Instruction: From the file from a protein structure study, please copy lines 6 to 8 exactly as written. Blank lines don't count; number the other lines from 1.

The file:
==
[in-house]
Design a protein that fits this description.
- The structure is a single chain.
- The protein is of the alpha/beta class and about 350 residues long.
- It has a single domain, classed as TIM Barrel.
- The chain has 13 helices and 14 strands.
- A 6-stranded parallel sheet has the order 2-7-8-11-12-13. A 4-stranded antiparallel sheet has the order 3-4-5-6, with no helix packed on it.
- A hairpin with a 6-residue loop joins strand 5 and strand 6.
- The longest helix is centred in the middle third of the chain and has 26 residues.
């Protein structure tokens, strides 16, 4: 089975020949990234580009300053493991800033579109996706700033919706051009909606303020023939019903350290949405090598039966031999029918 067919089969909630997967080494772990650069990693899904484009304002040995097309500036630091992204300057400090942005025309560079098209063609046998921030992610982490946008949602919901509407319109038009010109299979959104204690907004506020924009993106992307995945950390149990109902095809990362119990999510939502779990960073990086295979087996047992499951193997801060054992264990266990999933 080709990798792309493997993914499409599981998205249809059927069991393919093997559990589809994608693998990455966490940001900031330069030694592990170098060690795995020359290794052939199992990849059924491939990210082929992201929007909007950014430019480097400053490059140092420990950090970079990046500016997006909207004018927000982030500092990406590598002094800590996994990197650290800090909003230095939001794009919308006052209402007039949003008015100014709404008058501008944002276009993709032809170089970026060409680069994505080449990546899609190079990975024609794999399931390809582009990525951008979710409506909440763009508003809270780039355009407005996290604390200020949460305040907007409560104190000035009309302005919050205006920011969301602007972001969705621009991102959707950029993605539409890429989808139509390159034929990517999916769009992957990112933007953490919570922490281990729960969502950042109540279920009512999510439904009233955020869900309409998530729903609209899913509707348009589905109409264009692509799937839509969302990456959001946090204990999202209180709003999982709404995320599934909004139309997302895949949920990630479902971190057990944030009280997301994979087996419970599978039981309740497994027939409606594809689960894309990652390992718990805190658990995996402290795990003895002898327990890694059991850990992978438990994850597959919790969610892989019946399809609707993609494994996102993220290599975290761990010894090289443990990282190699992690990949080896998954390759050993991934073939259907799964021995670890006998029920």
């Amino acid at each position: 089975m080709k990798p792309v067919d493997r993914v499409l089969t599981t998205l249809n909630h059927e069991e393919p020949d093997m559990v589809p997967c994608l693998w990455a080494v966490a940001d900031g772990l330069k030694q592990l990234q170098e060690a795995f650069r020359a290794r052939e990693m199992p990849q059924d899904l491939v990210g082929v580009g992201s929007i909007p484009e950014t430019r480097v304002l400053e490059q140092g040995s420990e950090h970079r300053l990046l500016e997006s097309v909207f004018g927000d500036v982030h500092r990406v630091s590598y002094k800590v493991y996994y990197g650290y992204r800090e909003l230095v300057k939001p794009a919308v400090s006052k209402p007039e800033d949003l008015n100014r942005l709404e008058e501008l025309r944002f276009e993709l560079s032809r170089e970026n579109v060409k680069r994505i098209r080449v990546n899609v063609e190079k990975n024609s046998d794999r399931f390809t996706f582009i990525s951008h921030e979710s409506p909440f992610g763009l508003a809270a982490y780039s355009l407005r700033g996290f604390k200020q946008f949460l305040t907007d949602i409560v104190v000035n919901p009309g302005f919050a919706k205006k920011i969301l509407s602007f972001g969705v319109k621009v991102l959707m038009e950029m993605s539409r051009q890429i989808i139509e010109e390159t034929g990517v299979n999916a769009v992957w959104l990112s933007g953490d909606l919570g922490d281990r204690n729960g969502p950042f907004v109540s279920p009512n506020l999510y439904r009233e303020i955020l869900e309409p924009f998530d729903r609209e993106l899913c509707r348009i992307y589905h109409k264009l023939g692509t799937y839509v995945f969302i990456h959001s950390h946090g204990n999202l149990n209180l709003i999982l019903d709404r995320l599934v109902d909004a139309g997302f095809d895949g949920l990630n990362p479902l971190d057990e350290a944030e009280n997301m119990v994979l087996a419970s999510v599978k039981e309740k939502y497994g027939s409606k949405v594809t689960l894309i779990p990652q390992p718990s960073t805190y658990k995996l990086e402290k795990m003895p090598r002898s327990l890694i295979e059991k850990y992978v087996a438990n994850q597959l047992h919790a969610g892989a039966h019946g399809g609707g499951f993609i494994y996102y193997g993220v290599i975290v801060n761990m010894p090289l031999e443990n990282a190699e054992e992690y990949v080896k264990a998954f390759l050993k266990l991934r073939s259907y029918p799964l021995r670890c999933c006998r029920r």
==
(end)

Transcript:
- The chain has 13 helices and 14 strands.
- A 6-stranded parallel sheet has the order 2-7-8-11-12-13. A 4-stranded antiparallel sheet has the order 3-4-5-6, with no helix packed on it.
- A hairpin with a 6-residue loop joins strand 5 and strand 6.